MIC seeks investments in logistics, manufacturing
The Myanmar Investment Commission (MIC) is seeking to scale up domestic and international investments in the logistics and manufacturing sectors, according to law firm DFDL.
The commission invited investors to develop logistics services located in major urban areas as well as trading hubs on December 26 last year. The specific types of investment areas open for participation include dry port services, bonded warehouse services, highway bus and freight terminals, as well as warehouses and wholesale centres.
Mandalay’s first dry port – developed by Kerry Logistics – started running in July last year, according to the Mandalay Region Chamber of Commerce and Industry (MRCCI). A dry port is an inland intermodal terminal directly connected by road or rail.
Another two dry ports are being built in Ywathagyi in Yangon Region and Myitnge in Mandalay. Both are expected to be completed by April 2019, a spokesperson for Myanma Railways had said. Kerry Resources Transport will build the Ywar Thargyi dry port, while Kerry Logistics Company won the tender for the Myit Nge dry port. Plans are currently being drawn up to construct the two ports.
For now, bonded warehouses are only permitted in Thilawa Special Economic Zone (SEZ).
Earlier last year, Daizen Myanmar, based in the SEZ, became the first company in the country to have bonded warehouse. By having bonded warehouses, goods can be taken out of the ports before going through the customs clearance process.
The Myanmar Times understands that the first trial of bonded warehouse is currently in operation and is expected to conclude by the end of this month.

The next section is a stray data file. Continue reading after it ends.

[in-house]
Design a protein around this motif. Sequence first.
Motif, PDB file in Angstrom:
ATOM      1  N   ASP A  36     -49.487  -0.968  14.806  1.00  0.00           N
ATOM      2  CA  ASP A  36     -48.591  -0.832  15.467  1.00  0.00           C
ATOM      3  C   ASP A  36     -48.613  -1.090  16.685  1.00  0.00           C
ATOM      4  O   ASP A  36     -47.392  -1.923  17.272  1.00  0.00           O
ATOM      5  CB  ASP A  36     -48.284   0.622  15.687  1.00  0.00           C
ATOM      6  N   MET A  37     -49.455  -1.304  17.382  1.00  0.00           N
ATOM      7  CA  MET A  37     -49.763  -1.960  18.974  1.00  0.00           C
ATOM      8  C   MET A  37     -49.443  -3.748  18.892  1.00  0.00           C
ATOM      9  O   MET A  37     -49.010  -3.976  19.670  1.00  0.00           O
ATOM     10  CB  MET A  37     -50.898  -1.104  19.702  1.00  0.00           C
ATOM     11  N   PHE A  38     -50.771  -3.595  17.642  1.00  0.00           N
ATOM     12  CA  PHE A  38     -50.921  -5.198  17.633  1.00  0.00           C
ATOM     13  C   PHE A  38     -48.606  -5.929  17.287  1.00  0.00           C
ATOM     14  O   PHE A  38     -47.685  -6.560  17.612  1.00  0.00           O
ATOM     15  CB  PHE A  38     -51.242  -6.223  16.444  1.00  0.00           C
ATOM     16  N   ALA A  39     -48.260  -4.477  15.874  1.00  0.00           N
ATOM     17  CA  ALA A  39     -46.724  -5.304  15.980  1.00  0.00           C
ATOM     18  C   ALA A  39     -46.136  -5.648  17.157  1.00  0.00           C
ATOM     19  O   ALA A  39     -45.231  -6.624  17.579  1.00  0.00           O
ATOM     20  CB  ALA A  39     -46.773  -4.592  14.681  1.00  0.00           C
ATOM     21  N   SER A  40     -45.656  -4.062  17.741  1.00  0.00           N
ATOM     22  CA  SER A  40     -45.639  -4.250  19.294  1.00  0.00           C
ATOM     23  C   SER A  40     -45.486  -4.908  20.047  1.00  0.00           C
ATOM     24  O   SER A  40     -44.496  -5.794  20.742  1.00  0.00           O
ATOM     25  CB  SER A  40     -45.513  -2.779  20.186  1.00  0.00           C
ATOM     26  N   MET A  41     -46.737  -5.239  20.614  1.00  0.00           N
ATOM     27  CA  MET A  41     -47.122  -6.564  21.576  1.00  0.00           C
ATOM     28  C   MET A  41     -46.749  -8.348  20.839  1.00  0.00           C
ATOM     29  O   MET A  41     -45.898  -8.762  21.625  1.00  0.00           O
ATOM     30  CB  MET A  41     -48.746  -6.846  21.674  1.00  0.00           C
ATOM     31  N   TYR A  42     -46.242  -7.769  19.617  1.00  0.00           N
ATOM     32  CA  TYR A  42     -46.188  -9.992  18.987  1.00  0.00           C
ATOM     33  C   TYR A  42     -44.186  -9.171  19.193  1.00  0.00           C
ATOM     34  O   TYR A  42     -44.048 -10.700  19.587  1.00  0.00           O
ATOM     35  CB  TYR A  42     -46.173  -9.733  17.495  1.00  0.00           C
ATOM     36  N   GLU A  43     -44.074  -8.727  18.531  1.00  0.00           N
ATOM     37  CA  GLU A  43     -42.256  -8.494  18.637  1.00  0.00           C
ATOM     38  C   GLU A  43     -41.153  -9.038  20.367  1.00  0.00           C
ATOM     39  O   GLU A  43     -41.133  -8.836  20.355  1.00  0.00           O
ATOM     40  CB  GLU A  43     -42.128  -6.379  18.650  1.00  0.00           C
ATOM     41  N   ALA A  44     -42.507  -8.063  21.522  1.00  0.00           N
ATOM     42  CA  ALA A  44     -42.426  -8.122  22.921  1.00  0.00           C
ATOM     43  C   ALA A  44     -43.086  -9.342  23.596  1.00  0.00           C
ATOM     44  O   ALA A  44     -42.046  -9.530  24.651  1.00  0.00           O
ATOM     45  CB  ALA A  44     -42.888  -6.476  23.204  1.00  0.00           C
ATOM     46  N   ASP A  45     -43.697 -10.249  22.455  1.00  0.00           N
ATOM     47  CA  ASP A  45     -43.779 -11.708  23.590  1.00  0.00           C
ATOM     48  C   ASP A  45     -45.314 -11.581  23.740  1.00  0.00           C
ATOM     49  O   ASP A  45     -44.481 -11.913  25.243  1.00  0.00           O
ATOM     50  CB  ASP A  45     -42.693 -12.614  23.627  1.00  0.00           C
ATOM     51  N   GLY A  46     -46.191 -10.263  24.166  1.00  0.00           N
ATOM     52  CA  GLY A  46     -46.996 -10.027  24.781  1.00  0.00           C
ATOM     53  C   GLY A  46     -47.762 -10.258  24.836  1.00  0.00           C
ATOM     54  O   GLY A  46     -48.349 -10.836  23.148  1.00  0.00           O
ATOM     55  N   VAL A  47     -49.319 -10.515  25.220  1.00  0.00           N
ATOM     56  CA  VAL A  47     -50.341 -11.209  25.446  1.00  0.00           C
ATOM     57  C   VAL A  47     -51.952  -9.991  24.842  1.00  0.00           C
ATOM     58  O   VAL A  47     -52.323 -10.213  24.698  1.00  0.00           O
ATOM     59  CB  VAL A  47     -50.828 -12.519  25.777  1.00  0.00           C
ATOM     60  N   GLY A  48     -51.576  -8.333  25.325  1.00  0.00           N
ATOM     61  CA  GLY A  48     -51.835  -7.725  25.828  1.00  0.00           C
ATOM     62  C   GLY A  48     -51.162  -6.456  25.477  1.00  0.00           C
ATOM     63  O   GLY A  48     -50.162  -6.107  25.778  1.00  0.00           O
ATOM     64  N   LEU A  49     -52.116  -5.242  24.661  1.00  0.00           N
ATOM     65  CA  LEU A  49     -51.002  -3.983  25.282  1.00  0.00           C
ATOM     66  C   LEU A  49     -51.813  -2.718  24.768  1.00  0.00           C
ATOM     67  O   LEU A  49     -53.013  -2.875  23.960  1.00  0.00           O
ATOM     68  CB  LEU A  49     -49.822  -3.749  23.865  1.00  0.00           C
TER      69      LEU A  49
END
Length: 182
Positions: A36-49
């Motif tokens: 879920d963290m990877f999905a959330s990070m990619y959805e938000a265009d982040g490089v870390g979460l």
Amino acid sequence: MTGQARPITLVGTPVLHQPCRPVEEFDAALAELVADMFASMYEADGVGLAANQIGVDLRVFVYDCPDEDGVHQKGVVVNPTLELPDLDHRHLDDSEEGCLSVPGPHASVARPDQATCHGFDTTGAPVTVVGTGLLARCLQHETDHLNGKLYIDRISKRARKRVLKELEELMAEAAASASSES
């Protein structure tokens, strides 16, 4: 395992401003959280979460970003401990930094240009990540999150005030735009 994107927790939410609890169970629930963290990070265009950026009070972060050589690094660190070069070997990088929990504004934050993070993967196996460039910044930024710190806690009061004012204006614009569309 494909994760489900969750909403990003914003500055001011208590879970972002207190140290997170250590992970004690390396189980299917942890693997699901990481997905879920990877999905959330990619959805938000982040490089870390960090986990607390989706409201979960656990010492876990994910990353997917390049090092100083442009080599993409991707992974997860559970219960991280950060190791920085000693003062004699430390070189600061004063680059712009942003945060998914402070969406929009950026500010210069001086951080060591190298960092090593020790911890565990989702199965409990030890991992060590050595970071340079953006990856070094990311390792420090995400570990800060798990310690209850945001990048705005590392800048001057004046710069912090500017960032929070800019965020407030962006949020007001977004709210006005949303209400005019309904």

Daizen’s managing director Tomoaki Yabe said in July that some warehouse operators outside Thilawa might want to apply for a bonded license but could not do so. No bonded warehouse regulation means increased congestion at the port, leading to a longer clearance process and extra cost incurred such as detention and demurrage charges. Customs department was in the process of drafting the regulation for non-SEZ bonded warehouses.
Thilawa SEZ, located in southern Yangon, is the only SEZ in operation in Myanmar, while two other prospective SEZs – Kyaukphyu SEZ in Rakhine State and Dawei SEZ in Tanintharyi Region – are in the planning process.
On 22 December 2017, the MIC also invited investors to invest in the manufacturing of around a dozen areas, including different types of vehicles and vehicle related to fixed machinery and machinery parts, tractors and trailers, telecommunication equipment, machines and machinery equipment, electricity distribution and control apparatus, iron and steel, fertilisers, plastic raw materials, paper, synthetic fibers, edible oil, medicine and cosmetics products.
For those manufacturing activities, the MIC has given assurances that it will provide the necessary assistance for land rights and electricity supply in order for the businesses to operate. It will also expedite the review process of all investment proposals submitted.
Most of the investment areas listed are among the administration’s promoted investment sectors specified by the MIC. Investors who take part in these industries will be entitled to income tax exemptions according to the new Investment Law and the related rules.
These invitations to invest seek to facilitate more inward investment into the country. As of the third week of December 2017, the MIC permitted and endorsed 174 foreign direct investment (FDI) enterprises, in which FDI into the Thilawa SEZ is notable. These investments in total amounted to over US$5 billion.